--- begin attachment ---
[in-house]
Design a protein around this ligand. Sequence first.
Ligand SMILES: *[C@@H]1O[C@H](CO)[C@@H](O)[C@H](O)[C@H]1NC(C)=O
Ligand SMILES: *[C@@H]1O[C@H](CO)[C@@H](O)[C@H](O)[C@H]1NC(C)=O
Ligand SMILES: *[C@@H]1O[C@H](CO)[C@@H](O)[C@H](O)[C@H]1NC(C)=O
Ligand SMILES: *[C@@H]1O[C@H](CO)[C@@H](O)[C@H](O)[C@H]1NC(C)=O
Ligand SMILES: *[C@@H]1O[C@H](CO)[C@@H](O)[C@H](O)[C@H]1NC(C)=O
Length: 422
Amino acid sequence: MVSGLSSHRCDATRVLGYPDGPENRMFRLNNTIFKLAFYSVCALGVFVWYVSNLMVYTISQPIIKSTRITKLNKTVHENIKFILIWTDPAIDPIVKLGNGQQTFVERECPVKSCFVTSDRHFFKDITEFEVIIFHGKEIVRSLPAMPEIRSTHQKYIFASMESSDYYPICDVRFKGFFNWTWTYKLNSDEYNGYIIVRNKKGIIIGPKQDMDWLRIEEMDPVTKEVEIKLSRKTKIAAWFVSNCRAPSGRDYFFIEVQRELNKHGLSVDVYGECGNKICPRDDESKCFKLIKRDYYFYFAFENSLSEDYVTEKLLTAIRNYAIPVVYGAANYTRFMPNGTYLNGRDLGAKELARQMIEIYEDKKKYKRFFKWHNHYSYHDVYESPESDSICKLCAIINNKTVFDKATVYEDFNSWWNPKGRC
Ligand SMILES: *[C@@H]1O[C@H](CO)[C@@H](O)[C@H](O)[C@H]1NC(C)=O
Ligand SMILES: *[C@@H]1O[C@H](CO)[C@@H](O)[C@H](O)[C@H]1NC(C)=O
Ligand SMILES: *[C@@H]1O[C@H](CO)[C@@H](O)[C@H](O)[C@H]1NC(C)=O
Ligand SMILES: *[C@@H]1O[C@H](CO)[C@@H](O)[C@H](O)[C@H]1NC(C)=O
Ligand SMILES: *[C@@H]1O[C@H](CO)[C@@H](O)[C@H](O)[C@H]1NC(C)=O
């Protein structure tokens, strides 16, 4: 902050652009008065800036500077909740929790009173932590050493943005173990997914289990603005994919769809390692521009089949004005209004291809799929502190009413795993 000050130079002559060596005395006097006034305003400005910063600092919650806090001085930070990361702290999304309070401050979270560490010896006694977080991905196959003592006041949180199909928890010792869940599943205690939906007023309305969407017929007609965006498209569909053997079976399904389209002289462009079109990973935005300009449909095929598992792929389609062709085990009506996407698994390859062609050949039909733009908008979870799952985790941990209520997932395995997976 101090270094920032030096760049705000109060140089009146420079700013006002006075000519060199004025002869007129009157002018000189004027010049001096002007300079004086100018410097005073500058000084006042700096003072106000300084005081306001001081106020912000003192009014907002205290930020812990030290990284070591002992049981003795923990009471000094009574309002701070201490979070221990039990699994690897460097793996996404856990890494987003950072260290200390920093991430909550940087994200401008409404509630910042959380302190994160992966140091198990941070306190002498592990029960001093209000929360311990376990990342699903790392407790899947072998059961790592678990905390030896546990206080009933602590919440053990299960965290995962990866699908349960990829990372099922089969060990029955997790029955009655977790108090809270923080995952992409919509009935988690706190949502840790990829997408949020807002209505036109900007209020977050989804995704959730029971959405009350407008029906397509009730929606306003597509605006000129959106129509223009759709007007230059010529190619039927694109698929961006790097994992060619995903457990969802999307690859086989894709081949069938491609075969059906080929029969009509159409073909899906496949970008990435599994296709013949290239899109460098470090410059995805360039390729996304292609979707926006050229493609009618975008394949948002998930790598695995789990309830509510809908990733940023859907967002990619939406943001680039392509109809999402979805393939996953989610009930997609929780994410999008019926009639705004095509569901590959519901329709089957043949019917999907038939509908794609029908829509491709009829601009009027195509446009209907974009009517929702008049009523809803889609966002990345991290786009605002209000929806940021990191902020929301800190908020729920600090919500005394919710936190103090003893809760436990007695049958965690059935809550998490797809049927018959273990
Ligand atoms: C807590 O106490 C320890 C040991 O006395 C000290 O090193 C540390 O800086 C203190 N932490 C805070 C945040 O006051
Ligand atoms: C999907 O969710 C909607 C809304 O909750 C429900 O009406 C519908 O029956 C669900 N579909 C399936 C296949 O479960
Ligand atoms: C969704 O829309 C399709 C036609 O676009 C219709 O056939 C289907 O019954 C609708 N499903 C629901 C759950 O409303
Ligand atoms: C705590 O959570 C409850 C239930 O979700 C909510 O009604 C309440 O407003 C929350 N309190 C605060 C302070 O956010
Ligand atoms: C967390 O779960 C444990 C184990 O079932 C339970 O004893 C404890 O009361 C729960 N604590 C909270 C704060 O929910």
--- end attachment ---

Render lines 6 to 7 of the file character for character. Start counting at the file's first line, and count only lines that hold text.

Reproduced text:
Ligand SMILES: *[C@@H]1O[C@H](CO)[C@@H](O)[C@H](O)[C@H]1NC(C)=O
Ligand SMILES: *[C@@H]1O[C@H](CO)[C@@H](O)[C@H](O)[C@H]1NC(C)=O